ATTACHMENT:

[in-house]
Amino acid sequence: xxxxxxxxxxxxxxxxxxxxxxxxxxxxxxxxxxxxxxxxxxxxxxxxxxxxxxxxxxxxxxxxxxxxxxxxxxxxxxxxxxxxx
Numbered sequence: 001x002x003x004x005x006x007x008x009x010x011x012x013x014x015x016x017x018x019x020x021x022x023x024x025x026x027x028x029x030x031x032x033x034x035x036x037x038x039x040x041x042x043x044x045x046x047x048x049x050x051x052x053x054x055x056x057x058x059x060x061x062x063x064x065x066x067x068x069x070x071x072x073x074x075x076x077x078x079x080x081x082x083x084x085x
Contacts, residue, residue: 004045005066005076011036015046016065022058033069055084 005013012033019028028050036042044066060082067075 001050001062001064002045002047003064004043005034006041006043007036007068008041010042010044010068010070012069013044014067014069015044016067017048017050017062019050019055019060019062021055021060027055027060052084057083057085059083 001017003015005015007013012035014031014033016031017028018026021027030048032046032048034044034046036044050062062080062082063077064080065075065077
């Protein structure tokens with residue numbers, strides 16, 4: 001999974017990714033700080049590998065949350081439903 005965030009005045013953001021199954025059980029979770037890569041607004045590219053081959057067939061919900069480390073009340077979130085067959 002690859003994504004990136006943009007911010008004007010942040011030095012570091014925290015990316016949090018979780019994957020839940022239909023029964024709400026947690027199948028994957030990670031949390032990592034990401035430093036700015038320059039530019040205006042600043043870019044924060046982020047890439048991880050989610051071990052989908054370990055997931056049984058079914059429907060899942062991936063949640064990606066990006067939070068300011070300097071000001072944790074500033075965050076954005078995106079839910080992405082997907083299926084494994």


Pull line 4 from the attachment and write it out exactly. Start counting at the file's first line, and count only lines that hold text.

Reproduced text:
Contacts, residue, residue: 004045005066005076011036015046016065022058033069055084 005013012033019028028050036042044066060082067075 001050001062001064002045002047003064004043005034006041006043007036007068008041010042010044010068010070012069013044014067014069015044016067017048017050017062019050019055019060019062021055021060027055027060052084057083057085059083 001017003015005015007013012035014031014033016031017028018026021027030048032046032048034044034046036044050062062080062082063077064080065075065077